During 2021, I worked as the Director of Photography on the narrative short Prima. This narrative followed three ballet dancers as the pressures of the industry begin to strain and fracture their friendships and ultimately change their lives. Production took place under the umbrella of Situated Creative Practice, a QUT program where artists in various fields come together and collaborate to create artistic works. I worked as part of a large crew, particularly the director and on set crew.
Director of Photography Responsibilities
Being the Director of Photography for Prima involved working extensively in pre-production alongside the director to develop the visual style and shooting techniques for the film. On set, I was responsible for every shot filmed, and they were either handled by me or the Camera Assistant. Before production, I wrote a shotlist based on the script, then before each shoot day I compiled notes and sketches to make shooting more efficient. Coordinating and planning the lighting and working with production design to build the world of the film were critical responsibilities.
From Pitch to Production
I have been attached to Prima since the idea was first pitched. Since then, I have worked on it and continued to help ideate and develop the final project. After I moved into the role of DoP, I began to plan the overall look of the film. Collaborating with the director, Bella Moore, I built the visual language of the film from lighting to shot composition. We decided that a well-lit, bright lighting style with traditional three-point lighting for our subjects would give a manicured look, and harsher shadows used to communicate big emotional shifts. Likewise, keeping much of the scene in focus was a method of adding to an artificial constructed feel, as though each shot is part of a stage production or painting. The technical challenge of shooting with a very open aperture was the inverse of the more traditional closed aperture blurry bokeh background effect, and just as difficult to pull off. With all of these techniques and intentions in mind, I developed a shotlist for the film which was then used to develop the schedule. Then production began.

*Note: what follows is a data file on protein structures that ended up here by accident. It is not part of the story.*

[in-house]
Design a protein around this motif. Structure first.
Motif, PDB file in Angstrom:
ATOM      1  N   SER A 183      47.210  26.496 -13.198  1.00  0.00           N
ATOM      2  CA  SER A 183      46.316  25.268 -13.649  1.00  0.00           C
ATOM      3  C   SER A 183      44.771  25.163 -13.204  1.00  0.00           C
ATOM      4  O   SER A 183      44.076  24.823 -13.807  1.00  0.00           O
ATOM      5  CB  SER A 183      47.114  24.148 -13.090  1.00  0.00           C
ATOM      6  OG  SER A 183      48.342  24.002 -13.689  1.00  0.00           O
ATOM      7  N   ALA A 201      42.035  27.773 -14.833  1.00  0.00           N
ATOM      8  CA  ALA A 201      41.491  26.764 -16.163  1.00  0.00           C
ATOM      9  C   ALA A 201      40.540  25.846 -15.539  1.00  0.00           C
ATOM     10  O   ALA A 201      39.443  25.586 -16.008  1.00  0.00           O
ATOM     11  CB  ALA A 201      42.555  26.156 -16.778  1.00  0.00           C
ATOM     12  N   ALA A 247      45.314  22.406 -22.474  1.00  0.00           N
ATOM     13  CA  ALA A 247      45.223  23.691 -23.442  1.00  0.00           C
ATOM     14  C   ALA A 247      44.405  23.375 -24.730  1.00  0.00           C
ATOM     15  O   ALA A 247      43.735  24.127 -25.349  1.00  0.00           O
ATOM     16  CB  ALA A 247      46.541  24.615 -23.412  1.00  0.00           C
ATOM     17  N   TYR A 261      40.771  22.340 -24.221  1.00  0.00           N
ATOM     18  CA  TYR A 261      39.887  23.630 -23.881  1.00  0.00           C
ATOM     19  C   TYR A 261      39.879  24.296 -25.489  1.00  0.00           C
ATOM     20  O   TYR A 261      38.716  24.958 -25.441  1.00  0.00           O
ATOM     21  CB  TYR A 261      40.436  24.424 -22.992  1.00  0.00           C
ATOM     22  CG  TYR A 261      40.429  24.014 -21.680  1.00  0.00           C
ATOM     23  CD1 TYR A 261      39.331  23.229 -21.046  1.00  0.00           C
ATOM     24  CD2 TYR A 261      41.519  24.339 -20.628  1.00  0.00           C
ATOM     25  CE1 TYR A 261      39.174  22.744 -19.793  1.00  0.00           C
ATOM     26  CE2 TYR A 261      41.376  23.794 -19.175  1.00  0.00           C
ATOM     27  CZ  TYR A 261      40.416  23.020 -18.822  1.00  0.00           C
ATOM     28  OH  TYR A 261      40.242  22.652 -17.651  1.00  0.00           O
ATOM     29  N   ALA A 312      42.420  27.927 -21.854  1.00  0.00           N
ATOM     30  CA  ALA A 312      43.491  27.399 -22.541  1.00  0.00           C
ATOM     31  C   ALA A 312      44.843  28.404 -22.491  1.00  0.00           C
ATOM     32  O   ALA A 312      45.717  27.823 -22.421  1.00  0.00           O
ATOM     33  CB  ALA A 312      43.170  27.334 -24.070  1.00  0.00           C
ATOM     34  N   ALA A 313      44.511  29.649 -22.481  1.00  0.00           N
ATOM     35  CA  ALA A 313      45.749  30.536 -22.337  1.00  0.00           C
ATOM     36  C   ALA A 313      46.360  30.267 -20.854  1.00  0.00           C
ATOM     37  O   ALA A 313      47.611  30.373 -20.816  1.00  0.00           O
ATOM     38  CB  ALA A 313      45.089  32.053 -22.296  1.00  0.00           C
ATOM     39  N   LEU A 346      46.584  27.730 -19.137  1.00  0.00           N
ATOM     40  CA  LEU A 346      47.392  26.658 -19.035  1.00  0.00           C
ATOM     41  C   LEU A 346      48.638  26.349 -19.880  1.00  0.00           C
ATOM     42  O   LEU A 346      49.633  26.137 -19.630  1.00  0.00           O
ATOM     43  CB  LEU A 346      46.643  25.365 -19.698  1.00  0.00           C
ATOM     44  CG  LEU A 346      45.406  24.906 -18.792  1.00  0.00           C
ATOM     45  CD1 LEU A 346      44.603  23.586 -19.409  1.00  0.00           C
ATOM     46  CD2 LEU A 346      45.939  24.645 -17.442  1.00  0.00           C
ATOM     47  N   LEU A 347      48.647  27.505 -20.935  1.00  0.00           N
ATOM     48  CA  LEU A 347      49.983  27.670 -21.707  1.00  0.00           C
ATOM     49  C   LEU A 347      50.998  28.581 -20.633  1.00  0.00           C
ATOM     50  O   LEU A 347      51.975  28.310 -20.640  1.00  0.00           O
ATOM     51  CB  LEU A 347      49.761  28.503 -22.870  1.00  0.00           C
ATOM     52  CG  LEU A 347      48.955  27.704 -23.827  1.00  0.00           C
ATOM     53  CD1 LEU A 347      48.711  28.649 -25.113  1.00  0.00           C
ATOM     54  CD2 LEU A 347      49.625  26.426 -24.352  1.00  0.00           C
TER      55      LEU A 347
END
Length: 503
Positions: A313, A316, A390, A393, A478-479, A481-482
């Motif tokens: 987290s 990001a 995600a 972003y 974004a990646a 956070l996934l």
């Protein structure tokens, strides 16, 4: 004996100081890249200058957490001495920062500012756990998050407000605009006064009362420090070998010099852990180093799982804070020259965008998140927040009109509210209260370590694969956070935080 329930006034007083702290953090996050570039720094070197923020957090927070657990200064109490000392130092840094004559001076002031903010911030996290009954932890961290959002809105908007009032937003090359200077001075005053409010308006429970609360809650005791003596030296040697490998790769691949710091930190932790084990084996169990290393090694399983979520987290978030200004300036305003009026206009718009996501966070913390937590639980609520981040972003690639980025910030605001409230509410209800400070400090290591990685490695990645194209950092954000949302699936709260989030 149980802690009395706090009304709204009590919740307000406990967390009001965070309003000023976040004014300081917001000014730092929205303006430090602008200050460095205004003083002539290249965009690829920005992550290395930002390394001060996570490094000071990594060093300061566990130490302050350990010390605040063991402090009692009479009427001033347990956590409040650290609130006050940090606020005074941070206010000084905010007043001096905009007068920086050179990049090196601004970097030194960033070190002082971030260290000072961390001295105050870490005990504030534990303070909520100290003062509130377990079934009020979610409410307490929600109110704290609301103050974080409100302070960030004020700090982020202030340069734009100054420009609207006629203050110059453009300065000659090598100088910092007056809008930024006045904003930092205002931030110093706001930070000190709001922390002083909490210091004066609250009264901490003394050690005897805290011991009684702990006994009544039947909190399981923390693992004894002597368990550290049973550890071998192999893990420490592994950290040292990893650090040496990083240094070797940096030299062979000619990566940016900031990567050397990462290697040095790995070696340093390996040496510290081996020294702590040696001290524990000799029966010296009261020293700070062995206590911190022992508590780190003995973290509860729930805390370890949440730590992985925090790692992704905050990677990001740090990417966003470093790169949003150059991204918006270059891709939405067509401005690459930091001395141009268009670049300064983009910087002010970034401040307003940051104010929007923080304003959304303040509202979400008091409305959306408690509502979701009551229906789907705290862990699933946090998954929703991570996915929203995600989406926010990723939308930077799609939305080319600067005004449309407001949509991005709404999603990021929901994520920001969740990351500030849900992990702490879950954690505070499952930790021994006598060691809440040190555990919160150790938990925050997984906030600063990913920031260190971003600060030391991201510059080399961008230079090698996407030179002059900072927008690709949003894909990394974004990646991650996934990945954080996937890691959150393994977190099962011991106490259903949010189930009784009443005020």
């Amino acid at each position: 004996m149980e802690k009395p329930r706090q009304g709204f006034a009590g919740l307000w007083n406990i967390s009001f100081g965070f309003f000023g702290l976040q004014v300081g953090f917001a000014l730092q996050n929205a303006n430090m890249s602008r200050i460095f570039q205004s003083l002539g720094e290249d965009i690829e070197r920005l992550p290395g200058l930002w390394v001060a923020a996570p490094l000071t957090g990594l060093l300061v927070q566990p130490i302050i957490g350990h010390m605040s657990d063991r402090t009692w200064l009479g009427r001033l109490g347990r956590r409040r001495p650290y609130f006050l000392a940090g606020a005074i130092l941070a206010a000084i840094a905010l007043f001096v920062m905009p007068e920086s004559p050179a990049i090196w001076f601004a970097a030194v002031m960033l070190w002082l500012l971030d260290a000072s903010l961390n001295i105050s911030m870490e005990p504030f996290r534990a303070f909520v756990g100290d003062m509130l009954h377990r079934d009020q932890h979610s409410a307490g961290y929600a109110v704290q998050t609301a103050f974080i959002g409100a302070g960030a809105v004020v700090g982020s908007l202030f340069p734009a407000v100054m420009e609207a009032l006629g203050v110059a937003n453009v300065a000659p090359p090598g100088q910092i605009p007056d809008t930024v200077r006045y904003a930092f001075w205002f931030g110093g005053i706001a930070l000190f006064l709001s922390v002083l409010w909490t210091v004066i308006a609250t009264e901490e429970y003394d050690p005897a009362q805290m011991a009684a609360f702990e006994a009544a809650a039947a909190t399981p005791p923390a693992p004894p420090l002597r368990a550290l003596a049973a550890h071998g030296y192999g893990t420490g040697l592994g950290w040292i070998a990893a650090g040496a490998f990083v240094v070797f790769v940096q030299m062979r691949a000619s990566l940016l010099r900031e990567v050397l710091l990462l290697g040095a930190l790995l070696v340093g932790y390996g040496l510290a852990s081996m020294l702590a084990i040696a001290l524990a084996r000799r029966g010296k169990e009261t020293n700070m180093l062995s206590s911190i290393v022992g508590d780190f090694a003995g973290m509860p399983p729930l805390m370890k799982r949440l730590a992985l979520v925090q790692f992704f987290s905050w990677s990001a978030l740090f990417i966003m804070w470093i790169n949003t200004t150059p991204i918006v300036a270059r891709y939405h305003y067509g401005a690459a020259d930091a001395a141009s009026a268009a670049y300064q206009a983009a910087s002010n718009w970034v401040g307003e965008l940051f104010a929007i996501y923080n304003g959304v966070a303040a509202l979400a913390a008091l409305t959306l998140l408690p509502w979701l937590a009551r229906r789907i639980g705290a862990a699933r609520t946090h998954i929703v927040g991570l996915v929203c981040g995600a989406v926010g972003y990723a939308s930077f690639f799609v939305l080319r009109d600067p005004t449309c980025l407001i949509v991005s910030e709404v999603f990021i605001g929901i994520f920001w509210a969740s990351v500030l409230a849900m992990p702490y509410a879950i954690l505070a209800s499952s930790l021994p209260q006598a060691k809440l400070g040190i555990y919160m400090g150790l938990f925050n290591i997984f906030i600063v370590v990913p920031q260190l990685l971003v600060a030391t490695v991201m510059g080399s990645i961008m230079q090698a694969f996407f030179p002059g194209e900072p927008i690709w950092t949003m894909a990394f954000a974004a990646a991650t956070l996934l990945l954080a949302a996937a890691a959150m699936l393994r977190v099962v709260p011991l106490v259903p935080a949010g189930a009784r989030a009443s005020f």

Dancing with the Camera
Movement and tension define visual cinema. And a film about ballet heightens these, with Prima using sweeping camera moves during dance scenes to add to a deeply emotional underpinning to the film. Using equipment like the crane and dolly to achieve those moves was the responsibility of myself and the Camera Assistant, and I had many other things to do on set as well. From coordinating and communicating lighting to the lighting department, discussing with the 1st AD the timeline for setups and shots and trimming shots if needed, and to finding the best possible shot composition and framing – Prima really allowed me to flex my creative muscle on-set.